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Reimagining the supply chain for resilience

The world as we knew it has changed – and there’s no going back. For many and complex reasons, supply chain disruptions have become the norm rather than the exception, and the onus is on manufacturers to adapt and strengthen their ability to react in an agile manner. More than ever, manufacturers need to create highly responsive organisations that can flex for changing market conditions. A resilient supply chain can withstand the impacts of both short-term and long-term disruptions, can recover quickly, and meet business obligations without significant impact on service levels, but in a Gartner survey, only 21% of respondents said they have a highly resilient supply chain. So, what can manufacturers to do strengthen their supply chains? Embrace digital technologies While the pandemic pushed many manufacturers to adopt digital technologies at an accelerated pace, the continued evolution of the global market and supply chain constraints mean that they must continue along this path. Digitising the supply chain is a competitive advantage and is necessary to create transparency throughout the supply chain and address effectiveness gaps. Organisations leading the way in digital supply chains have put in place governance and data management oversight and forged the creation of supply chain platforms. Unsurprisingly, it’s in manufacturers’ best interests to mitigate supply chain disruptions such as delays, shortages, quality issues, or increased costs, as these can have significant impacts on business’s operations. ERP systems help manufacturers minimise the impact of disruptions by enabling them to monitor, analyse and optimise their supply chain performance and, importantly, to react quickly and effectively to changing conditions and customer needs. Without data insights organizations are unable to see shifts along the supply chain and collaborate with customers and suppliers in real-time. With ERP solutions, industries can ensure a connected supply chain that integrates and executes actions by working holistically with each related department for example from assembly, to packing right through to logistics. ERP allows businesses to integrate disparate systems, unifies data silos and accelerates the development and deployment of new services which is critical in volatile times. Boost resilience with reshoring Although years of globalisation has meant that manufacturers looked far and wide for suppliers, recent years have had companies re-evaluating their supply chains, and more seriously considering their options to shorten supply chains and improve resilience through reshoring operations – bringing production closer to their home country or points of demand. Manufacturers must look at their manufacturing processes with clear eyes and redesign the process to allow maximum agility for completing and fulfilling orders in a hyper-competitive marketplace. A survey by Deloitte found that about 75% of companies were planning to accelerate their reshoring initiatives by building smart factories closer to home locations, or their customer points of need. In addition to the potential of lower costs, reshoring has the added benefits of geographical proximity, time zone alignment, shorter lead times and better service delivery. And while this may come with higher costs, with an increasing focus on ESG in the supply chain, customers are also looking for companies with transparent and carbon-efficient supply chains, along with products that are locally made. Improve supply chain visibility Manufacturers must be able to gather information and data all along the supply chain to understand with foresight what the challenges might be and the internal and external factors impacting on a business. Visibility across operations results in better data-driven decisions and helps resolve demand and supply imbalances. Manufacturers must know their supplier network and be able to assess where risk lies, and the likelihood of adverse impacts should a supplier cause a delay. Adapting business processes and operations as global conditions change allows organisations to react quicker and manage the disruptions along the supply chain. Fit-for-purpose ERP software and IIoT data inputs from throughout the supply chain can help manufacturers better predict and prepare for supply chain volatility. However, without analytics and the resultant insights, the data will not deliver significant business value. Use data and analytics from all points of the supply chain Using data and analytics from all points of the supply chain to maximise efficiencies and outputs is critical. Yet research conducted by SYSPRO indicated that only 20% of manufacturing and distribution businesses have looked at investing in big data analytics in response to the ongoing disruptions. Without data insights, organisations are unable to see shifts along the supply chain and collaborate with customers and suppliers in real-time. Simultaneously, smart factories are providing more data points through IIoT devices than ever before […]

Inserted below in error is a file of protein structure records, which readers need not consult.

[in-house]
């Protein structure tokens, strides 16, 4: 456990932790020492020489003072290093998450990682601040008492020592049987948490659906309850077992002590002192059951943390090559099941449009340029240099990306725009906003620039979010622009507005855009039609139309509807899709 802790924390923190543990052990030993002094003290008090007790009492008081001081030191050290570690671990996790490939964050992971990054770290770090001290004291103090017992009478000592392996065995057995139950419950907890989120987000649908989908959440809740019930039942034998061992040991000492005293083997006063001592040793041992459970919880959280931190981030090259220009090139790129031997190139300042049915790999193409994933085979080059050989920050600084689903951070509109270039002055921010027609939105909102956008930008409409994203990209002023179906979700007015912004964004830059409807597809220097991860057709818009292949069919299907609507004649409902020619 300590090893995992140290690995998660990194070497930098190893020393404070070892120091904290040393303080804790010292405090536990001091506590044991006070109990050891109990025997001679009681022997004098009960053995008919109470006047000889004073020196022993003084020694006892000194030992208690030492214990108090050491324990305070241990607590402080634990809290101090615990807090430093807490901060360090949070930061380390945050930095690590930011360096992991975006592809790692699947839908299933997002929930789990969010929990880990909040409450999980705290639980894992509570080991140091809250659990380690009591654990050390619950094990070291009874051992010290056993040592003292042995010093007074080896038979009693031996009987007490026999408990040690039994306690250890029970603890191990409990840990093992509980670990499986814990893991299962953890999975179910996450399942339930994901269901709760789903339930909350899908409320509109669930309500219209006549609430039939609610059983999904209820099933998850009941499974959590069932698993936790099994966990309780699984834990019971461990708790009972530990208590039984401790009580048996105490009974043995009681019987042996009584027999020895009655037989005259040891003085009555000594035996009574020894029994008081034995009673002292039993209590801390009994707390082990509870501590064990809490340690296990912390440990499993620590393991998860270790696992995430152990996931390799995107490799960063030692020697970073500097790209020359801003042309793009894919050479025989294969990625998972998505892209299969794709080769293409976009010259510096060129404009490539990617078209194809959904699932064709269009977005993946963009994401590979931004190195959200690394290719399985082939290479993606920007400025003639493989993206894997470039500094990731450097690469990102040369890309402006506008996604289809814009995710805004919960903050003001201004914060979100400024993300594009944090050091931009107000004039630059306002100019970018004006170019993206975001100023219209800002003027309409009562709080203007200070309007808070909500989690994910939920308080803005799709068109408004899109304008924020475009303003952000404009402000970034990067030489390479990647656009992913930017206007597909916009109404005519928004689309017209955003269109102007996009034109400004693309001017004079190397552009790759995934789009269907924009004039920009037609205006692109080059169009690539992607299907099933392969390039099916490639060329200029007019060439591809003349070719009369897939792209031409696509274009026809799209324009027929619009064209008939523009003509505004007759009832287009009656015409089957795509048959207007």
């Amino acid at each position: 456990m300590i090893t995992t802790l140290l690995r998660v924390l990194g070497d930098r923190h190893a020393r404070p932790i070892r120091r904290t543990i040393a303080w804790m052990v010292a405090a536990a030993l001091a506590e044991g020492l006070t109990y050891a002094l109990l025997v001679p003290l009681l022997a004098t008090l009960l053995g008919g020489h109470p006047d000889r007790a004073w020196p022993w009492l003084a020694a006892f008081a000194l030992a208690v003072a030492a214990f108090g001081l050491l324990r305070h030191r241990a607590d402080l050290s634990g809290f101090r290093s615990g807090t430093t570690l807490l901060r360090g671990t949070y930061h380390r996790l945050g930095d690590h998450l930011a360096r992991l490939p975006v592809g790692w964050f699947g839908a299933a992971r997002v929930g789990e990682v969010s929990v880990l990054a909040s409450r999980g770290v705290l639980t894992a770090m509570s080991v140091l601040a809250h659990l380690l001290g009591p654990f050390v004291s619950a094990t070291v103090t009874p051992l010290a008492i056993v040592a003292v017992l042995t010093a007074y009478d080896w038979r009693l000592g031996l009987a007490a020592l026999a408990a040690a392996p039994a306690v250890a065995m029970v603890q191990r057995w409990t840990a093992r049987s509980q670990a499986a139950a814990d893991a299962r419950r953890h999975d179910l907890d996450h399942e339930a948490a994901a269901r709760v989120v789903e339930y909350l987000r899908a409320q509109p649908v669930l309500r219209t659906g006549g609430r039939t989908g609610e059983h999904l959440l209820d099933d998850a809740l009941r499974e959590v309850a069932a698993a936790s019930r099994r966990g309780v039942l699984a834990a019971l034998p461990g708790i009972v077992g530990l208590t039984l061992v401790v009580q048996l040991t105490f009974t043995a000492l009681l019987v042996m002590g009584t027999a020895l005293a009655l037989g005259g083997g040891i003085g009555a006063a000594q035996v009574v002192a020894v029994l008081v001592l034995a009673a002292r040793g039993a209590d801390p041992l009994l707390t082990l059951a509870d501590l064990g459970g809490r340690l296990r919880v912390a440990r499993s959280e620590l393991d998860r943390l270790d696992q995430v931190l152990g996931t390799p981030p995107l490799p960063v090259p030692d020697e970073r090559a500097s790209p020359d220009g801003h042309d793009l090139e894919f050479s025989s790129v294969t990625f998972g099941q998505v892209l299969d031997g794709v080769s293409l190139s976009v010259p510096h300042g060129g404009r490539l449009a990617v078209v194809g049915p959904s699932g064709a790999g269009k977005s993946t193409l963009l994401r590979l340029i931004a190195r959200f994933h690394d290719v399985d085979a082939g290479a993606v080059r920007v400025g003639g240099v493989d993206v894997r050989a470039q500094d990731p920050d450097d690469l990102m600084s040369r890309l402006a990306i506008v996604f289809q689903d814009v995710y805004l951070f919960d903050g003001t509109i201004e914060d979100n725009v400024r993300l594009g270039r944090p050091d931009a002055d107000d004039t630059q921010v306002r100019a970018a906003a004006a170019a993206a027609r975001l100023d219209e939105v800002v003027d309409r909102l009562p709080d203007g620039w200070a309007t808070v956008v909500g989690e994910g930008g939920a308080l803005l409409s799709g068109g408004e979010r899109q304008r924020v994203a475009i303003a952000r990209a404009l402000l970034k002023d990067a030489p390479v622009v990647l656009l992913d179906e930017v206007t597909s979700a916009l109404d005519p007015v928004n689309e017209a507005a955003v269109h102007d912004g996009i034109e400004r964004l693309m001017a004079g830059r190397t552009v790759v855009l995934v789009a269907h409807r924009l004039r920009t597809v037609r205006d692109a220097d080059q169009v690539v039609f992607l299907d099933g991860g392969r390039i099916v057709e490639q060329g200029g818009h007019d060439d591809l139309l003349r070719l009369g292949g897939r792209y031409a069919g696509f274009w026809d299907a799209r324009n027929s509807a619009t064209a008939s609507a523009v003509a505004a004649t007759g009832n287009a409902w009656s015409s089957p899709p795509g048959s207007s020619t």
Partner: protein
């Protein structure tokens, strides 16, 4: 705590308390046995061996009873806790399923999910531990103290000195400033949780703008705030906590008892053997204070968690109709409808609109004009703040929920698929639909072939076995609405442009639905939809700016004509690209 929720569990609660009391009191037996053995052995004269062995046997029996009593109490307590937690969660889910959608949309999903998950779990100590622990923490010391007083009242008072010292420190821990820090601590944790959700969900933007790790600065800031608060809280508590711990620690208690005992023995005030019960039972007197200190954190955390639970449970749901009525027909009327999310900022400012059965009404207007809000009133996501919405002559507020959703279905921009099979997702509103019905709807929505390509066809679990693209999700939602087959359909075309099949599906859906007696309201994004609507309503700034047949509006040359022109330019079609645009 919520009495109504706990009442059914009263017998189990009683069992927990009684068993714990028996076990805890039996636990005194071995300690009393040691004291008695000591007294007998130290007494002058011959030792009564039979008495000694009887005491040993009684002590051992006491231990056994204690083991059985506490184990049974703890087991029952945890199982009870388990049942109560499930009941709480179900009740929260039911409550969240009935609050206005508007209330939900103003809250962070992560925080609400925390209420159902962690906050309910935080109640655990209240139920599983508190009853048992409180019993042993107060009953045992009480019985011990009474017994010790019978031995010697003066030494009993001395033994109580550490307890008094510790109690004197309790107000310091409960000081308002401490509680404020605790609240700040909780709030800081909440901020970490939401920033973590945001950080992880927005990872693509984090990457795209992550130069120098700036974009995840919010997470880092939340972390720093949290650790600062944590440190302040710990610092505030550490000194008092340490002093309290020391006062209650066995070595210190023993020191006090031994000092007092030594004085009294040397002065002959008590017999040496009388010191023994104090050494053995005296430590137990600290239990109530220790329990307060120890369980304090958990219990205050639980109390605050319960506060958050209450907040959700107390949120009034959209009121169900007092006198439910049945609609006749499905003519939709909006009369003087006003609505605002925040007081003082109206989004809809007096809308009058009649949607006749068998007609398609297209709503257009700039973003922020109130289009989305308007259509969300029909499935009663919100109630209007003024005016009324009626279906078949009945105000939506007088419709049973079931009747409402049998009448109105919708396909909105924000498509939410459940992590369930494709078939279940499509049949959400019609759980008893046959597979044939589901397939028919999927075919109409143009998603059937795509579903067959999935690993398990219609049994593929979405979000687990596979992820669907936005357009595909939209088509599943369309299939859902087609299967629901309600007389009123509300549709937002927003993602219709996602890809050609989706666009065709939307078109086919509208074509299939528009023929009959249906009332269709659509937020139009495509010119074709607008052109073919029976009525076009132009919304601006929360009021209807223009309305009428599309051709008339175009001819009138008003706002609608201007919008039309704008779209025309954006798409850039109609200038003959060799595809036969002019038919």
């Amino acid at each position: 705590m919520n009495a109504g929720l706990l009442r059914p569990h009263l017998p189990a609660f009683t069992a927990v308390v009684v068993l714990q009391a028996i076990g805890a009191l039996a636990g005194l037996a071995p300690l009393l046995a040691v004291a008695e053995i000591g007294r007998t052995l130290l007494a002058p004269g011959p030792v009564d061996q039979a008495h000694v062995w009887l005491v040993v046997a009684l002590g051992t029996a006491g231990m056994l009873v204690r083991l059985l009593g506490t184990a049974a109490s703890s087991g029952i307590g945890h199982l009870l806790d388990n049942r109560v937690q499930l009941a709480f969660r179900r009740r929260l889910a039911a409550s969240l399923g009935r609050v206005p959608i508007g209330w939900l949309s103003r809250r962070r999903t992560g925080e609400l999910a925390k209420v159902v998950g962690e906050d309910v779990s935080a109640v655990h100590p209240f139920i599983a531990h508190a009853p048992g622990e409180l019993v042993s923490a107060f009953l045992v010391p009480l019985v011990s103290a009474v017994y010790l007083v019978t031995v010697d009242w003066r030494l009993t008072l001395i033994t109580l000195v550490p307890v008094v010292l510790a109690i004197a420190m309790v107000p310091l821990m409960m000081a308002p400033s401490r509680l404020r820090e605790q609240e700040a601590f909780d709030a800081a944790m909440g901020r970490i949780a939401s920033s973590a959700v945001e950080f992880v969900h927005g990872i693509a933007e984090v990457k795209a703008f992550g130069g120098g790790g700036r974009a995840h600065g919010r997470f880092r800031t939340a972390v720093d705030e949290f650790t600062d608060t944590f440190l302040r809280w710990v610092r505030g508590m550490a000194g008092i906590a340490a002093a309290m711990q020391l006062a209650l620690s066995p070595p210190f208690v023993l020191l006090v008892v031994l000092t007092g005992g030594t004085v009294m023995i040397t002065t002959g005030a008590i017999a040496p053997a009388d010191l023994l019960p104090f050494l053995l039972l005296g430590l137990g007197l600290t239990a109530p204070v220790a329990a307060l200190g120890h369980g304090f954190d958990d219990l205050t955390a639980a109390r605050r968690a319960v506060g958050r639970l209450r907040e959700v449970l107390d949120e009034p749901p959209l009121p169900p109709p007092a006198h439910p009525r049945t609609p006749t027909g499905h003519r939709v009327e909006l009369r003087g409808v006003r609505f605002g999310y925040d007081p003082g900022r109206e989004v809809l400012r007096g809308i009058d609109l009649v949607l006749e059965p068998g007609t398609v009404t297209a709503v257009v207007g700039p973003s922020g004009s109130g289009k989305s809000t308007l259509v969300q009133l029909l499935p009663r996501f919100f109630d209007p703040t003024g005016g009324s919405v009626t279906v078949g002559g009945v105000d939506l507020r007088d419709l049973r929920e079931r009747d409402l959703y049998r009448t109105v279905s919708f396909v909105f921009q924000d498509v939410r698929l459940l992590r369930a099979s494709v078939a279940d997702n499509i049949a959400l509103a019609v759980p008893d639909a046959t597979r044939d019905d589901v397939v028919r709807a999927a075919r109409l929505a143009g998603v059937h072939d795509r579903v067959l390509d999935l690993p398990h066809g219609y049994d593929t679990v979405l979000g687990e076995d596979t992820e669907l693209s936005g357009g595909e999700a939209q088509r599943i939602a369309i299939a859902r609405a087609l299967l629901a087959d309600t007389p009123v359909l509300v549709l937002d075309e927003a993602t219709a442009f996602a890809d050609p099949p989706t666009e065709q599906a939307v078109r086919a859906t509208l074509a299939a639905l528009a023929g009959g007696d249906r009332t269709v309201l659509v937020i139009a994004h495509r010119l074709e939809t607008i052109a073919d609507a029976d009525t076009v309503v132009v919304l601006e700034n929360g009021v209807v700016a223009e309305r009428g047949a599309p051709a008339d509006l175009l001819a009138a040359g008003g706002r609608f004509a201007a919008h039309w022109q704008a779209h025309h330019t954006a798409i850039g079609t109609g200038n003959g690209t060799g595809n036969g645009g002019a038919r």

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Daisie Hobson

Daisie Hobson is a Director at the Reshoring Institute and an engineer with many years of experience in manufacturing and project management.

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